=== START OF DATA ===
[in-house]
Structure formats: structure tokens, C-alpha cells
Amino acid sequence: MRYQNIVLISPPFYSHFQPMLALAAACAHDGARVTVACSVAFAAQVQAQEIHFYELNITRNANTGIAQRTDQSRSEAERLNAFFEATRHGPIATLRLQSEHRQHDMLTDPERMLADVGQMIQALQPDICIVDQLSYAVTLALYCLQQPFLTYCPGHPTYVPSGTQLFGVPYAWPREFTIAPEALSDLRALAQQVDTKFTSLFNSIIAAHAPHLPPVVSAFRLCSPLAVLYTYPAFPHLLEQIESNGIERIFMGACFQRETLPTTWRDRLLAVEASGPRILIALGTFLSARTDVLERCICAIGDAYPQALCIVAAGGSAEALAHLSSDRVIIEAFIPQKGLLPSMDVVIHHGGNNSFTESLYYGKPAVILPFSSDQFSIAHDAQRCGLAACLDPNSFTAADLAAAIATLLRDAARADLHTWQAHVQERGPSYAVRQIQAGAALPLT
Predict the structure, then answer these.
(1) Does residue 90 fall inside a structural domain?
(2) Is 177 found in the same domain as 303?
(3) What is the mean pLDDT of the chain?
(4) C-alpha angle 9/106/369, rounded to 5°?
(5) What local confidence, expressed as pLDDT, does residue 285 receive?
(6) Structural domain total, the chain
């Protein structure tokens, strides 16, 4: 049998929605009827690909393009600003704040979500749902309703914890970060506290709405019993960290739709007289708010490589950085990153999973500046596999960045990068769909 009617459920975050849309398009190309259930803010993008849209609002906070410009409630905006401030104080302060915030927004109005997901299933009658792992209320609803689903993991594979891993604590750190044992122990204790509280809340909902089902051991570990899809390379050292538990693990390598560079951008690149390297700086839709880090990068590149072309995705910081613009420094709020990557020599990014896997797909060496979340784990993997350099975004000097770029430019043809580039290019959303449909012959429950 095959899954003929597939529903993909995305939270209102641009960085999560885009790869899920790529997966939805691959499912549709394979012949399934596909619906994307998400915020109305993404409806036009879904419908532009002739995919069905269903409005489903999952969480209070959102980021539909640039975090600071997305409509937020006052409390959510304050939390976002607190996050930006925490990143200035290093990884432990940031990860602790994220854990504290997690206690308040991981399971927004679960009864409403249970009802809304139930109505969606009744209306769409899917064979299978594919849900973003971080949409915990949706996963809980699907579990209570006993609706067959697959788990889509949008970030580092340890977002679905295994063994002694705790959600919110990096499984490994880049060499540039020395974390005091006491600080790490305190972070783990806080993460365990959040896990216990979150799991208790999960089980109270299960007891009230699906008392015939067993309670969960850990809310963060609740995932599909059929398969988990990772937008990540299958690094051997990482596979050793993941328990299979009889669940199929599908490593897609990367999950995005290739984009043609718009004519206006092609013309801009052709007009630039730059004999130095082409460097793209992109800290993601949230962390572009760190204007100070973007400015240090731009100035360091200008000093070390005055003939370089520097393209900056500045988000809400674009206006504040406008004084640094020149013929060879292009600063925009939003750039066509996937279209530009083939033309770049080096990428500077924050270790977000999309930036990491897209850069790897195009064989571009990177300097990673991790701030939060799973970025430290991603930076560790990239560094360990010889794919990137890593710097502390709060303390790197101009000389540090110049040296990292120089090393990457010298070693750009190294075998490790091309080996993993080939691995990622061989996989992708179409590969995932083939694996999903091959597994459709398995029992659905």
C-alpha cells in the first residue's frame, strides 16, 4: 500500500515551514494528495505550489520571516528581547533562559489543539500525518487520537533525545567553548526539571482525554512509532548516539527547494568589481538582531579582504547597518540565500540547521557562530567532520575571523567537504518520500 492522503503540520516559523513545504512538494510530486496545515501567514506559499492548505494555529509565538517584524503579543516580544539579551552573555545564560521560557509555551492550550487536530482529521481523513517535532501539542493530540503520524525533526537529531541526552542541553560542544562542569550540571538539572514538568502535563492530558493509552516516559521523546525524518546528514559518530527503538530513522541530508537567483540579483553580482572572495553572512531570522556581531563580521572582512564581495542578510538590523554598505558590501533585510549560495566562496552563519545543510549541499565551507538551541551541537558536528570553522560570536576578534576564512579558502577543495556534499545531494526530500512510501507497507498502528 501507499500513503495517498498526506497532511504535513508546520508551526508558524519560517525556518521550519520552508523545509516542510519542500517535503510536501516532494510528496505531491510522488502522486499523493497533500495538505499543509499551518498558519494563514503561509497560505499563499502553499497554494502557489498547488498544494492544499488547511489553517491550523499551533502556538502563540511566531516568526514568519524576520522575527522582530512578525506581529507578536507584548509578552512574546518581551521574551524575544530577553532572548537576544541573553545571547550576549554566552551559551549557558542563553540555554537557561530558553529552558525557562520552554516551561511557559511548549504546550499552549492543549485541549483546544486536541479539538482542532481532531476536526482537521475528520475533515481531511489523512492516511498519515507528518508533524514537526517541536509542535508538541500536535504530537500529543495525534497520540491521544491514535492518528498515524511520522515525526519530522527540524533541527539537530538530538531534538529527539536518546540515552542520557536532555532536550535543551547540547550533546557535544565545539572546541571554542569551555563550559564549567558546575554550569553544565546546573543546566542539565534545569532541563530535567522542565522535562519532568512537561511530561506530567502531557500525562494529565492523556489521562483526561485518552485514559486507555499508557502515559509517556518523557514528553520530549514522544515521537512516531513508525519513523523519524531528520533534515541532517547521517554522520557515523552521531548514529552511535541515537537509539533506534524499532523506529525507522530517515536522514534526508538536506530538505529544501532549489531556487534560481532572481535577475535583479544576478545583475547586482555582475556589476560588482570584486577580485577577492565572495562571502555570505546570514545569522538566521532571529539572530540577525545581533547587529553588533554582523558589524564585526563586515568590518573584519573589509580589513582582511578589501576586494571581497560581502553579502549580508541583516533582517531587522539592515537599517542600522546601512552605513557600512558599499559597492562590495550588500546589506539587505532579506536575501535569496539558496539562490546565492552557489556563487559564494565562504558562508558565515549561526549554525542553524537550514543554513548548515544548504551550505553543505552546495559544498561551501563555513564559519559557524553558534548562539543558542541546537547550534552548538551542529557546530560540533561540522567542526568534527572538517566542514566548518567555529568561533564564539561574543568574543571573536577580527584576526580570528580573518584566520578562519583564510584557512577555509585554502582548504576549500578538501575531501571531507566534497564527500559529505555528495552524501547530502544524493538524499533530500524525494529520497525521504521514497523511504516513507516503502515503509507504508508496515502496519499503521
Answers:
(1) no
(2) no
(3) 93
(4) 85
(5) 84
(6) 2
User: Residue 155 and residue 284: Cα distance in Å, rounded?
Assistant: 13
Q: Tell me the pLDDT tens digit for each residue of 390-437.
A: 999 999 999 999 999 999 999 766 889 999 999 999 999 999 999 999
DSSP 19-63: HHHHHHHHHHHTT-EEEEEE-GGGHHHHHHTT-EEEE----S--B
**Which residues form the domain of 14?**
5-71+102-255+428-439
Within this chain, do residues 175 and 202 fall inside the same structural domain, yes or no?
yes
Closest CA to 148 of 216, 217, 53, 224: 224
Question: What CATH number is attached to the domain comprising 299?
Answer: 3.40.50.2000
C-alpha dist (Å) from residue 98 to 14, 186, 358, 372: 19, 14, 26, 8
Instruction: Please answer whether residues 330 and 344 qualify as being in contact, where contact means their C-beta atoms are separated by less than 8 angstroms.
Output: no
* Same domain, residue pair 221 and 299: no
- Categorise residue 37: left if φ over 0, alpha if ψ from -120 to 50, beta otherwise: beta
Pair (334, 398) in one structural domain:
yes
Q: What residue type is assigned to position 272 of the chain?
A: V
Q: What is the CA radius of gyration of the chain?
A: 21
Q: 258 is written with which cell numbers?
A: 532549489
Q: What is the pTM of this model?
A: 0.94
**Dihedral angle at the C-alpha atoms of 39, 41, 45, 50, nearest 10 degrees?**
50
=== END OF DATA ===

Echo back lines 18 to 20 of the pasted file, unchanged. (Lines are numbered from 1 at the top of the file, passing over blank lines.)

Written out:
(5) 84
(6) 2
User: Residue 155 and residue 284: Cα distance in Å, rounded?